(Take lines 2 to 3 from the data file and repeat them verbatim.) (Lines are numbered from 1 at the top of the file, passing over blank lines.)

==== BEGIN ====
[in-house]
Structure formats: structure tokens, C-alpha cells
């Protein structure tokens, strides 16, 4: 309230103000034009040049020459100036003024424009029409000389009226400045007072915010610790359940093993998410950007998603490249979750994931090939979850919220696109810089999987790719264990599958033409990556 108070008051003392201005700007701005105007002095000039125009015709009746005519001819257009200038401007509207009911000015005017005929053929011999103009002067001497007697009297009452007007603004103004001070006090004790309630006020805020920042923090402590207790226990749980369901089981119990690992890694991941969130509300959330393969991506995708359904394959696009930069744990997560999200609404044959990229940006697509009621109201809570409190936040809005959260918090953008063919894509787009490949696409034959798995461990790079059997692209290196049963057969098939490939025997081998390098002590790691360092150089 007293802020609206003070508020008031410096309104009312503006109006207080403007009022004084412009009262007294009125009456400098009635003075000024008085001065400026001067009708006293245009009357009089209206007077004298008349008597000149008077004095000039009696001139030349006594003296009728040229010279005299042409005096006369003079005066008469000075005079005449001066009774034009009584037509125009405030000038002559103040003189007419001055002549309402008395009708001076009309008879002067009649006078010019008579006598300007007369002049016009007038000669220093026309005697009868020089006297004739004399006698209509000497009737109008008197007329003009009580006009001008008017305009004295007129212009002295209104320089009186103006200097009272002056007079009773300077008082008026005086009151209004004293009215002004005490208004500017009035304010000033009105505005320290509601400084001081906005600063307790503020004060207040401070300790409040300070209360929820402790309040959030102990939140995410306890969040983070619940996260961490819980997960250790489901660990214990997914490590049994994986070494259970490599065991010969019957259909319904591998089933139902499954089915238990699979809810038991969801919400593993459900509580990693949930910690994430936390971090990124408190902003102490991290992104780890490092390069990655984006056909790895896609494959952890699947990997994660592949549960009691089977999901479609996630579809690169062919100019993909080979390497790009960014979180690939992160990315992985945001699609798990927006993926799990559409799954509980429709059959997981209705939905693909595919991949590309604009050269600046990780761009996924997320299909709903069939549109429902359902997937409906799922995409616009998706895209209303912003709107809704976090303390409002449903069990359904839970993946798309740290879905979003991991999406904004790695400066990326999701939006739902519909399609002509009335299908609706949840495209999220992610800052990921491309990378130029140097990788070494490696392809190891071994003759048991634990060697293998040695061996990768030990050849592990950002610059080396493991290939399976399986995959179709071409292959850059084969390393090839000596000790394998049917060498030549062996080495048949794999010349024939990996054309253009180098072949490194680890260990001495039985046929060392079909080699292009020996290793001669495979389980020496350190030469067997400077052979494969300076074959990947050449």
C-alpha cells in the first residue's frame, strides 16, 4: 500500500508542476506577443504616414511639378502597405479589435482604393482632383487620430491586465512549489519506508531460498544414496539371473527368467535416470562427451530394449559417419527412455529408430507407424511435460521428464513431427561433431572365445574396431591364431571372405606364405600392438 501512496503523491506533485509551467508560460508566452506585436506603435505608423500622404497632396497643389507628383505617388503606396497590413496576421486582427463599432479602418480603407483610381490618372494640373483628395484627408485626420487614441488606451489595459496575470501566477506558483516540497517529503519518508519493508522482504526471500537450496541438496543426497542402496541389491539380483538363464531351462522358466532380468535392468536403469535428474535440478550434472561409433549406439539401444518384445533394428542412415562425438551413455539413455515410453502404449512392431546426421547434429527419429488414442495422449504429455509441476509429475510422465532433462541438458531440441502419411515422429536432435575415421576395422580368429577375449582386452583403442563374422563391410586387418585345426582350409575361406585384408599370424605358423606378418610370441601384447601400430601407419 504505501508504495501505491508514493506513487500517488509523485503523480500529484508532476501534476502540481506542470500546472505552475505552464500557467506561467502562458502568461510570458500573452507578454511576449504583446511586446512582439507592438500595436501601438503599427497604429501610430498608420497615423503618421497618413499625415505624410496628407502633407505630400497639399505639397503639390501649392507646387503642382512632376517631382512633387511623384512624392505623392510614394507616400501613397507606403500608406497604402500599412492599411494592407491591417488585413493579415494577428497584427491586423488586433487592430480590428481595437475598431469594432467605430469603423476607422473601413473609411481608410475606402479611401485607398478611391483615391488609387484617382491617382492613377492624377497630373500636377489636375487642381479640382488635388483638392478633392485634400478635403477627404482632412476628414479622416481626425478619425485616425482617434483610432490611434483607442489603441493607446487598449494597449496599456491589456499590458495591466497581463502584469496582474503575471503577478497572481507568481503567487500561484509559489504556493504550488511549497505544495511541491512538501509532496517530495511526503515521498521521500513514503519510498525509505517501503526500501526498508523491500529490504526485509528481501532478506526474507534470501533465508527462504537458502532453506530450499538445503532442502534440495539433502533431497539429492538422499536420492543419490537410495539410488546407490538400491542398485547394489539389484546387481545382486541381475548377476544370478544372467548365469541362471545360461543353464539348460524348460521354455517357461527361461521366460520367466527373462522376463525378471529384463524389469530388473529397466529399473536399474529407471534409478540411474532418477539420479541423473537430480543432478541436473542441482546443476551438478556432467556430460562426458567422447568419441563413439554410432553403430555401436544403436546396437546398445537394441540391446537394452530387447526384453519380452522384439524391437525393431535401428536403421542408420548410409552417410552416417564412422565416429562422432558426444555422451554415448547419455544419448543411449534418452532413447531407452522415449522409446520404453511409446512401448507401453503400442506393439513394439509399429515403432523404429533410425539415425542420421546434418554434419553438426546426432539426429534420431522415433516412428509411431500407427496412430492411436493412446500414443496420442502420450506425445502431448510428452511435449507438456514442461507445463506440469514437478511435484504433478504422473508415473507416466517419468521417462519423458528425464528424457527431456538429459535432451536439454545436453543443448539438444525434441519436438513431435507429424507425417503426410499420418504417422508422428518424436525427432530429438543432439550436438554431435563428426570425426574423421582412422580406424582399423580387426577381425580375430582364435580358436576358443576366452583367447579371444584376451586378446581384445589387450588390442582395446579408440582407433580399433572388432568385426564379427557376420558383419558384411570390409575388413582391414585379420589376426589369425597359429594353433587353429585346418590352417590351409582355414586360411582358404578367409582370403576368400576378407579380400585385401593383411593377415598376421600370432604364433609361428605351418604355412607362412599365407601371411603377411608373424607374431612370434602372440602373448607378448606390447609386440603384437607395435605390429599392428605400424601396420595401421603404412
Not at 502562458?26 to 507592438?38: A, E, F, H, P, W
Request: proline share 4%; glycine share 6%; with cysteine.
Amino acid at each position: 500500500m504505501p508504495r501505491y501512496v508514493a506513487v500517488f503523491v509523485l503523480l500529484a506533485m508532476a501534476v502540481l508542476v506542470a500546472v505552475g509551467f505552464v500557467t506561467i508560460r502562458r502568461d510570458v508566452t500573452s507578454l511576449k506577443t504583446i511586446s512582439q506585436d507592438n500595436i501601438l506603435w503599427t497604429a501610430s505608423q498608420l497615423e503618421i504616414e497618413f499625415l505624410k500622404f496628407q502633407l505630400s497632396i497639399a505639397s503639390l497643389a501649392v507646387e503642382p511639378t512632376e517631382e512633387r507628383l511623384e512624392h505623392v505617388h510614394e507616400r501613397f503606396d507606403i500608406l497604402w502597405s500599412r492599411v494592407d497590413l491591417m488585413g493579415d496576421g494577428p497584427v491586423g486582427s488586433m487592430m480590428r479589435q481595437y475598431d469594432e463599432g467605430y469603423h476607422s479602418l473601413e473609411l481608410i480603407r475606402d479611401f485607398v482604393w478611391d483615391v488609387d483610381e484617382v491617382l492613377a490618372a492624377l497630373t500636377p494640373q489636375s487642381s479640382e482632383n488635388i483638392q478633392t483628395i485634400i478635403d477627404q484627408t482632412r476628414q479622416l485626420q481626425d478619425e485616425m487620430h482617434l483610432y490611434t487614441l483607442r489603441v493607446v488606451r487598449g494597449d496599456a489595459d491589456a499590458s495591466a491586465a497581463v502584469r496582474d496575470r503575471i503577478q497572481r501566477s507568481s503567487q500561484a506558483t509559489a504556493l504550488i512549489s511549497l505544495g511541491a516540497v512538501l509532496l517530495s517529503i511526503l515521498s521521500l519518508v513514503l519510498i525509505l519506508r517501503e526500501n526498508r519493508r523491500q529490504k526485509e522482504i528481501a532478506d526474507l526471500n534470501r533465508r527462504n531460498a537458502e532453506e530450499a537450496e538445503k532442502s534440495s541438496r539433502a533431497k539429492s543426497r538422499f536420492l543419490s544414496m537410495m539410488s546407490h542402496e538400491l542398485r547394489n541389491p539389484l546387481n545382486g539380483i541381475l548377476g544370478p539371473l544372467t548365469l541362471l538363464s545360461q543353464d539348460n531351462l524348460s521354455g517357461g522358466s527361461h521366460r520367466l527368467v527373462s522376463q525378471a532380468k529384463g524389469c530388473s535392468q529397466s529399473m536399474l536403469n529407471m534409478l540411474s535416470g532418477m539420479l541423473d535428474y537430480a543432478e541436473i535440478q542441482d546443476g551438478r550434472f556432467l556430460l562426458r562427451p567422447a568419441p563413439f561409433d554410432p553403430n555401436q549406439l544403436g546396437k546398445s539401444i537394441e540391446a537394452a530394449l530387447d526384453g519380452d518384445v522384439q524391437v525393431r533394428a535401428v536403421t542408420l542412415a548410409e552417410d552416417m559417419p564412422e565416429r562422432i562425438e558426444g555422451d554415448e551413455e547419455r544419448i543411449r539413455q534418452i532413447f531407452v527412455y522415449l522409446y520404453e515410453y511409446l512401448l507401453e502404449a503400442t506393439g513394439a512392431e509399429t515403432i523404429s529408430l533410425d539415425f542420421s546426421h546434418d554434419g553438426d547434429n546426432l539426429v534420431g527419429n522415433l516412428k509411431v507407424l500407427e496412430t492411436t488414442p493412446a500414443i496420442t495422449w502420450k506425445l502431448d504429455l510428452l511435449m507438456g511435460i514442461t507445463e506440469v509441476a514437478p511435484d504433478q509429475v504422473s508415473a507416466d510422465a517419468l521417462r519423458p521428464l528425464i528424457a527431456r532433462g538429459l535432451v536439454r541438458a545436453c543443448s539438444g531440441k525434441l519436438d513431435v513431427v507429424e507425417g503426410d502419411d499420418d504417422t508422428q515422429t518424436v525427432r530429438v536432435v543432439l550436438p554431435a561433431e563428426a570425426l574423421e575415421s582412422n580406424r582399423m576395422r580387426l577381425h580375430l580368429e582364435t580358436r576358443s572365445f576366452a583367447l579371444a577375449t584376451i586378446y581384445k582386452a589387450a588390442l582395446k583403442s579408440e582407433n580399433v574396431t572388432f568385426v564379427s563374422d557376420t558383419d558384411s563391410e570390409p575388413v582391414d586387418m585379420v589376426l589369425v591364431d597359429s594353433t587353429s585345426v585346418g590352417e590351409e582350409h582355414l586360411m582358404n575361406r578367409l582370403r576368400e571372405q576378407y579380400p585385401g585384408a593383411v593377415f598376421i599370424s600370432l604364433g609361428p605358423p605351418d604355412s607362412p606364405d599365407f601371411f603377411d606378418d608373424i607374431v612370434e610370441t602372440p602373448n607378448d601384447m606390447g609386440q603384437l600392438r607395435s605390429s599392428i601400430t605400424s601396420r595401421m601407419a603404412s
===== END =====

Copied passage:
Structure formats: structure tokens, C-alpha cells
């Protein structure tokens, strides 16, 4: 309230103000034009040049020459100036003024424009029409000389009226400045007072915010610790359940093993998410950007998603490249979750994931090939979850919220696109810089999987790719264990599958033409990556 108070008051003392201005700007701005105007002095000039125009015709009746005519001819257009200038401007509207009911000015005017005929053929011999103009002067001497007697009297009452007007603004103004001070006090004790309630006020805020920042923090402590207790226990749980369901089981119990690992890694991941969130509300959330393969991506995708359904394959696009930069744990997560999200609404044959990229940006697509009621109201809570409190936040809005959260918090953008063919894509787009490949696409034959798995461990790079059997692209290196049963057969098939490939025997081998390098002590790691360092150089 007293802020609206003070508020008031410096309104009312503006109006207080403007009022004084412009009262007294009125009456400098009635003075000024008085001065400026001067009708006293245009009357009089209206007077004298008349008597000149008077004095000039009696001139030349006594003296009728040229010279005299042409005096006369003079005066008469000075005079005449001066009774034009009584037509125009405030000038002559103040003189007419001055002549309402008395009708001076009309008879002067009649006078010019008579006598300007007369002049016009007038000669220093026309005697009868020089006297004739004399006698209509000497009737109008008197007329003009009580006009001008008017305009004295007129212009002295209104320089009186103006200097009272002056007079009773300077008082008026005086009151209004004293009215002004005490208004500017009035304010000033009105505005320290509601400084001081906005600063307790503020004060207040401070300790409040300070209360929820402790309040959030102990939140995410306890969040983070619940996260961490819980997960250790489901660990214990997914490590049994994986070494259970490599065991010969019957259909319904591998089933139902499954089915238990699979809810038991969801919400593993459900509580990693949930910690994430936390971090990124408190902003102490991290992104780890490092390069990655984006056909790895896609494959952890699947990997994660592949549960009691089977999901479609996630579809690169062919100019993909080979390497790009960014979180690939992160990315992985945001699609798990927006993926799990559409799954509980429709059959997981209705939905693909595919991949590309604009050269600046990780761009996924997320299909709903069939549109429902359902997937409906799922995409616009998706895209209303912003709107809704976090303390409002449903069990359904839970993946798309740290879905979003991991999406904004790695400066990326999701939006739902519909399609002509009335299908609706949840495209999220992610800052990921491309990378130029140097990788070494490696392809190891071994003759048991634990060697293998040695061996990768030990050849592990950002610059080396493991290939399976399986995959179709071409292959850059084969390393090839000596000790394998049917060498030549062996080495048949794999010349024939990996054309253009180098072949490194680890260990001495039985046929060392079909080699292009020996290793001669495979389980020496350190030469067997400077052979494969300076074959990947050449």